1 in 5 employees going rogue with corporate data

Get a copy of the upcoming book "Secure Operations Technology"

Companies around the world have reason to be worried about the use of cloud applications to share mission-critical information. In fact, 1 in 5 employees has uploaded proprietary corporate data to a cloud application, such as Dropbox or Google Docs, with the specific intent of sharing it outside of the company.

The SailPoint survey also found a clear disconnect between cloud usage across the business and existing IT controls with an alarming 66% of users able to access those cloud storage applications after leaving their last job.

Despite that 60% of employees stated they were aware that their employer strictly forbids taking intellectual property after leaving the company, 1 in 4 admitted they would take copies of corporate data with them when leaving a company.

Key findings of employee actions around the globe include:

  • Employees who have uploaded a sensitive document to share outside their companies via a cloud application (such as DropBox, Box or Google Docs): Australia (11%); France (20%); Germany (17%); Netherlands (13%); United Kingdom (18%); and United States (22%).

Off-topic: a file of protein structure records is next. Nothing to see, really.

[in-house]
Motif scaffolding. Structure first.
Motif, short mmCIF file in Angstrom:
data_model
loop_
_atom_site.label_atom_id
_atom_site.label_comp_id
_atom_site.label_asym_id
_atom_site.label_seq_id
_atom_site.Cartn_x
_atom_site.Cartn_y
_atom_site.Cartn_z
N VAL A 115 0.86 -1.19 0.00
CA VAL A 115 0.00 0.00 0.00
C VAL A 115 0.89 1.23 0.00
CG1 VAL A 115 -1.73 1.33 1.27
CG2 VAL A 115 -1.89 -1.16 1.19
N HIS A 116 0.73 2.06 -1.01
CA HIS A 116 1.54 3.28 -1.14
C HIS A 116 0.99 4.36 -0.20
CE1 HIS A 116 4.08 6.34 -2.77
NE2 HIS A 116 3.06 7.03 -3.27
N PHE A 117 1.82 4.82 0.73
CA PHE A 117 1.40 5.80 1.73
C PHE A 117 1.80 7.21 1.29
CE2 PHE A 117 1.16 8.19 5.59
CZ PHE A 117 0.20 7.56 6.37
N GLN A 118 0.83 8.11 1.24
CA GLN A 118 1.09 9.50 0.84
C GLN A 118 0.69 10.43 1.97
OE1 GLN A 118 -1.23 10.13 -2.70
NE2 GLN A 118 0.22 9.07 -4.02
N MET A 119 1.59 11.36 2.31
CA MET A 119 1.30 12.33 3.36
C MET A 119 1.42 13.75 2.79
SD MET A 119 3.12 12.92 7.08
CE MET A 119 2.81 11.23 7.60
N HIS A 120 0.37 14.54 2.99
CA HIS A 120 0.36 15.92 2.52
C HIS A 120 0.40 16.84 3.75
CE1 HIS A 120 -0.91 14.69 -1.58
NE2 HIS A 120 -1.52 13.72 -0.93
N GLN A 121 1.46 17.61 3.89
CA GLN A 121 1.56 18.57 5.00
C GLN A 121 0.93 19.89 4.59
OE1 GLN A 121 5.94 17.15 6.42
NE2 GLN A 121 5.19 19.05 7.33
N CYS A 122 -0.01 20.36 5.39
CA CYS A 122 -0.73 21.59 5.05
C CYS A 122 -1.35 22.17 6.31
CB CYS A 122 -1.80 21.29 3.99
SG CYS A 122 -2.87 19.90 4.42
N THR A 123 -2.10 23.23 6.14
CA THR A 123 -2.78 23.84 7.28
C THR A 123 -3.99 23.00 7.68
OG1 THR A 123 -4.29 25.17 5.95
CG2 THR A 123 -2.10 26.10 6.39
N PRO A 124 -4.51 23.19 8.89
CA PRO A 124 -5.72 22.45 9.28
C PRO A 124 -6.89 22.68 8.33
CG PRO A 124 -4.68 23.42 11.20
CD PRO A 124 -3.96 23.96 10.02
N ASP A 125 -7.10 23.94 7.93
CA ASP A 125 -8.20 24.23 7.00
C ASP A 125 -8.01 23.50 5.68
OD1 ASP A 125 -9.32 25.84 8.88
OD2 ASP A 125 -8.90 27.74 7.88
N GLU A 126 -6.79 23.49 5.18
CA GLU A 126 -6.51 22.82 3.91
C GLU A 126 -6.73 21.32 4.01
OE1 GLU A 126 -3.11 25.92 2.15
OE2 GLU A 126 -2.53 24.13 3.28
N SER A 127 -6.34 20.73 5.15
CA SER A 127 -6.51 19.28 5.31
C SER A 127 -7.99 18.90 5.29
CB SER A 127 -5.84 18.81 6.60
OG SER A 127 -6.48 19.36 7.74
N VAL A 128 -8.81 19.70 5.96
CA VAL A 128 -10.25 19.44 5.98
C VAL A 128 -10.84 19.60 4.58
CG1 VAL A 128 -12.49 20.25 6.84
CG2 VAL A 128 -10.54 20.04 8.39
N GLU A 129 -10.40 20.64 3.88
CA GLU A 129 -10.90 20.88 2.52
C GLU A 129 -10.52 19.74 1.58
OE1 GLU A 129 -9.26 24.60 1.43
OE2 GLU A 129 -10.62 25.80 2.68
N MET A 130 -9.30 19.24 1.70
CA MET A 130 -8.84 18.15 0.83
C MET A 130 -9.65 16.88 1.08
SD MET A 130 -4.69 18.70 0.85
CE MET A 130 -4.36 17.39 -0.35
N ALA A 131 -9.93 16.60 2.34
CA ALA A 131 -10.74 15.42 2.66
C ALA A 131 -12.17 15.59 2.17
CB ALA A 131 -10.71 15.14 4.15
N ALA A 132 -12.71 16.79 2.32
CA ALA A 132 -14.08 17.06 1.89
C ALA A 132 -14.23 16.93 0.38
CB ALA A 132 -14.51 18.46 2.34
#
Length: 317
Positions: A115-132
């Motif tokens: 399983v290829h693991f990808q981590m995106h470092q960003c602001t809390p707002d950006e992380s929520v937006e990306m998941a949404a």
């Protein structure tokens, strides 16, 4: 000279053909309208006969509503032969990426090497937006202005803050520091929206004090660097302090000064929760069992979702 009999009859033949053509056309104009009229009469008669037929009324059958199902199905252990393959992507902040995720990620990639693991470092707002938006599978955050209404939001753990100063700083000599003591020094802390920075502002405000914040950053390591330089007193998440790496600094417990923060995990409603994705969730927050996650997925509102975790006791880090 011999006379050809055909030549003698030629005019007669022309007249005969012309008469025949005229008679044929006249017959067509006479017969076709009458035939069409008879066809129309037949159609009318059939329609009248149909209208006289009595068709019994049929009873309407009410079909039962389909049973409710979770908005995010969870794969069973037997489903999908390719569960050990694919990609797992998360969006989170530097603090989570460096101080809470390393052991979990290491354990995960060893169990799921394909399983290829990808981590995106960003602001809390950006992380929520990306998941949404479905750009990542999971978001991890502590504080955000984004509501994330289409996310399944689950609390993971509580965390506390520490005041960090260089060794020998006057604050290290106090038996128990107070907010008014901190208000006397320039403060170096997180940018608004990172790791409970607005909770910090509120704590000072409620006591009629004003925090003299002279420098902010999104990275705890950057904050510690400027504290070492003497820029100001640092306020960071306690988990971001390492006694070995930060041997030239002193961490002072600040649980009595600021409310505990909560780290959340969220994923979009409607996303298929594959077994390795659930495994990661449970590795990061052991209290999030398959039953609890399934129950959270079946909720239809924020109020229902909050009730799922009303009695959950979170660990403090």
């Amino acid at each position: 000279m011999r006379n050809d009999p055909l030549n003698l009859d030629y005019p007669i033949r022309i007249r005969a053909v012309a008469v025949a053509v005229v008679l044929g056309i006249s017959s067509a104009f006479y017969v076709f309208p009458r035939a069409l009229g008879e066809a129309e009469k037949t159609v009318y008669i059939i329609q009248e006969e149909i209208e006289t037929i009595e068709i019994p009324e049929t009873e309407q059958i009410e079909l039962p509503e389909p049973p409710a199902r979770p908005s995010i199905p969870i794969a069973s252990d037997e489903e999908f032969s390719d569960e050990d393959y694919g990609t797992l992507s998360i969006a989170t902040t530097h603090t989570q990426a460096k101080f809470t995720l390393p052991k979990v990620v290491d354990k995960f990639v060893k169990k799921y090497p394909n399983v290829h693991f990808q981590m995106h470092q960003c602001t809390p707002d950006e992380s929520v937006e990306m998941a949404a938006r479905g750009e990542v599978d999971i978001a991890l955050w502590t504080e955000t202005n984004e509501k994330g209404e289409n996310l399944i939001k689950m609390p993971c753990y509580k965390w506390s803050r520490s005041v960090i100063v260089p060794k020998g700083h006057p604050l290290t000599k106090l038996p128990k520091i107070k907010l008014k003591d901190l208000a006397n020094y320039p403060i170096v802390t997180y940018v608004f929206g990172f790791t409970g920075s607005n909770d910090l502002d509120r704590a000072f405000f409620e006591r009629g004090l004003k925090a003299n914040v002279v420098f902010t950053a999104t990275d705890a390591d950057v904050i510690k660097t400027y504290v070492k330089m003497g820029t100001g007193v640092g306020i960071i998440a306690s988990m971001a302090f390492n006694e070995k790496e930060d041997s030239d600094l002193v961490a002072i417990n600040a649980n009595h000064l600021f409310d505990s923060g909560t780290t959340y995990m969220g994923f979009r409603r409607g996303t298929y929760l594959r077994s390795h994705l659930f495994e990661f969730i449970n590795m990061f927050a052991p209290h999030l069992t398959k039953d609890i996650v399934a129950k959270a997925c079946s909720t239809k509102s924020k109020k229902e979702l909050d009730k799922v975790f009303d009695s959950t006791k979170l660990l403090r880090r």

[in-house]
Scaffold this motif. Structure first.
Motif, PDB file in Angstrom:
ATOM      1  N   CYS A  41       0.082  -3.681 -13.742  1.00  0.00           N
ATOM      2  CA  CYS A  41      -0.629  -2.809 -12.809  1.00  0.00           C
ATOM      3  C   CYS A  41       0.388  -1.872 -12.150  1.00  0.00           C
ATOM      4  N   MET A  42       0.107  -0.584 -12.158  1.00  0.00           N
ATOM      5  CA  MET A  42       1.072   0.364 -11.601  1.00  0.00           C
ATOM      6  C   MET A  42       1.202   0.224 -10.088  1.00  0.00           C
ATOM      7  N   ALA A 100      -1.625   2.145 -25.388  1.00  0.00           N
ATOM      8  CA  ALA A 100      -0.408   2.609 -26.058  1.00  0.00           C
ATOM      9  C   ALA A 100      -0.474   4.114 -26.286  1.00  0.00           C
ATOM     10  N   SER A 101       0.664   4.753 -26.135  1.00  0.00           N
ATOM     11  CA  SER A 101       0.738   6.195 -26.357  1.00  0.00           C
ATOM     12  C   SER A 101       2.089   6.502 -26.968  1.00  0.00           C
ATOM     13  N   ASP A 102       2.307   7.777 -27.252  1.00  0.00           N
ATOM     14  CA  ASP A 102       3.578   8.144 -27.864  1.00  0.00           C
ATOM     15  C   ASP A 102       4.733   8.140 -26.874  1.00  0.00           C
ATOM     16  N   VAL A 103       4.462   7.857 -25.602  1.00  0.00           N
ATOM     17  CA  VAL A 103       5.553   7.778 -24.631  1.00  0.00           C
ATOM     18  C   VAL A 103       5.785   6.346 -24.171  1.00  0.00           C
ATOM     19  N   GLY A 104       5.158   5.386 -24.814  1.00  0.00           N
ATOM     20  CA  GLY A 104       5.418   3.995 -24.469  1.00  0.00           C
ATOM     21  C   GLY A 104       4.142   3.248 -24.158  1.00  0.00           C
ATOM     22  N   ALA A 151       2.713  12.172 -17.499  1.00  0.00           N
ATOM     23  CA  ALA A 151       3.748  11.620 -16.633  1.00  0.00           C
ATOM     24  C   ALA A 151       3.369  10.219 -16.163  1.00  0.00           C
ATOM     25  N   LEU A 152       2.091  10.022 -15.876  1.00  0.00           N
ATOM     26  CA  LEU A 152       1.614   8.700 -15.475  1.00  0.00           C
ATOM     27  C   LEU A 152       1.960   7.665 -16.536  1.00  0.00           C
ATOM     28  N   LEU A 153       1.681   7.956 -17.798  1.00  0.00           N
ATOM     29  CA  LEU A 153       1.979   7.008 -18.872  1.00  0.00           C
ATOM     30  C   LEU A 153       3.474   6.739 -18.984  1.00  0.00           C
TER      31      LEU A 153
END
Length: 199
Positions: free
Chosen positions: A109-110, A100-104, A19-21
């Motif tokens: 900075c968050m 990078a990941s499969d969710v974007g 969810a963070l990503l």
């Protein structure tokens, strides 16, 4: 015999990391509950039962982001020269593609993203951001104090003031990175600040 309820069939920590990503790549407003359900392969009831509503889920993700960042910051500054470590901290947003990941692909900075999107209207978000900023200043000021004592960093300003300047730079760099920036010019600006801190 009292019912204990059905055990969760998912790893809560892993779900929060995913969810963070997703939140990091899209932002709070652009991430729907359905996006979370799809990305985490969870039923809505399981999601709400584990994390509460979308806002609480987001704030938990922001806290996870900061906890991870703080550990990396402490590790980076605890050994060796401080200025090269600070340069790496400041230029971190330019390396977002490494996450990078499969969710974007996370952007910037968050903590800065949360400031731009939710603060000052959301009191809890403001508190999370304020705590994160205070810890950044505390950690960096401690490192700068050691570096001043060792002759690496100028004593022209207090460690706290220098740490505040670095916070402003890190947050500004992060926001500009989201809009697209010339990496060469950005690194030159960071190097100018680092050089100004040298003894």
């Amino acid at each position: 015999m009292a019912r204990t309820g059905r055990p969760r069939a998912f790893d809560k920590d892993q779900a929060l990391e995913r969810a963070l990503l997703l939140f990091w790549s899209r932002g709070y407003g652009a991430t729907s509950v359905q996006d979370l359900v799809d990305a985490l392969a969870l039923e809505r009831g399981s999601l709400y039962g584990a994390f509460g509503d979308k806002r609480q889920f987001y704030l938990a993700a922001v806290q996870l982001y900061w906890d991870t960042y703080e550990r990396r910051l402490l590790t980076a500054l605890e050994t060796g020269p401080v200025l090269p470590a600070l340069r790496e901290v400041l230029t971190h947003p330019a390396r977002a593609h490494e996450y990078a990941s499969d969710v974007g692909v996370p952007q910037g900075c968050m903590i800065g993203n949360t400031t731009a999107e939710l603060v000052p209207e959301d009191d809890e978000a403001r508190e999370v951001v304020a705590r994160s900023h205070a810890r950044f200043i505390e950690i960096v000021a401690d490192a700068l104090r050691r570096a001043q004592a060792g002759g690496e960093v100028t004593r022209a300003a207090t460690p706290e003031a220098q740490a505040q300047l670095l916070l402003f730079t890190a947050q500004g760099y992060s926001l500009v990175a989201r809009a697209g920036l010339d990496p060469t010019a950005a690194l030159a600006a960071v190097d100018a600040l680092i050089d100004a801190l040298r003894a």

• Employees who have purchased and/or deployed a cloud application (such as Salesforce.com, Concur, Workday, DropBox, DocuSign, etc.) without the help of IT: Australia (14%); France (14%); Germany (16%); Netherlands (18%); United Kingdom (21%) and United States (24%).
  • Employees who are aware of corporate policy that pays close attentions to who is granted access to cloud applications with mission-critical data: Australia (24%); France (27%); Germany (28%); Netherlands (24%); United Kingdom (30%) and United States (29%).
  • Employees who were able to access corporate data via cloud storage applications (including Dropbox and Google Docs) after they left their companies: Australia (56%); France (70%); Germany (70%); Netherlands (61%); United Kingdom (61%) and United States (69%).
  • Employees who are aware of corporate policies against taking intellectual property when they leave their companies: Australia (68%); France (49%); Germany (58%); Netherlands (57%); United Kingdom (60%) and United States (61%).
  • Employees who admitted they would take any corporate data when they left their jobs: Australia (21%); France (24%); Germany (16%); Netherlands (15%); United Kingdom (26%) and United States (27%).

The survey was conducted by Vanson Bourne, an independent research firm, who interviewed 1,000 office workers at large companies with at least 3,000 employees across Australia, France, Germany, the Netherlands, the United Kingdom and the United States.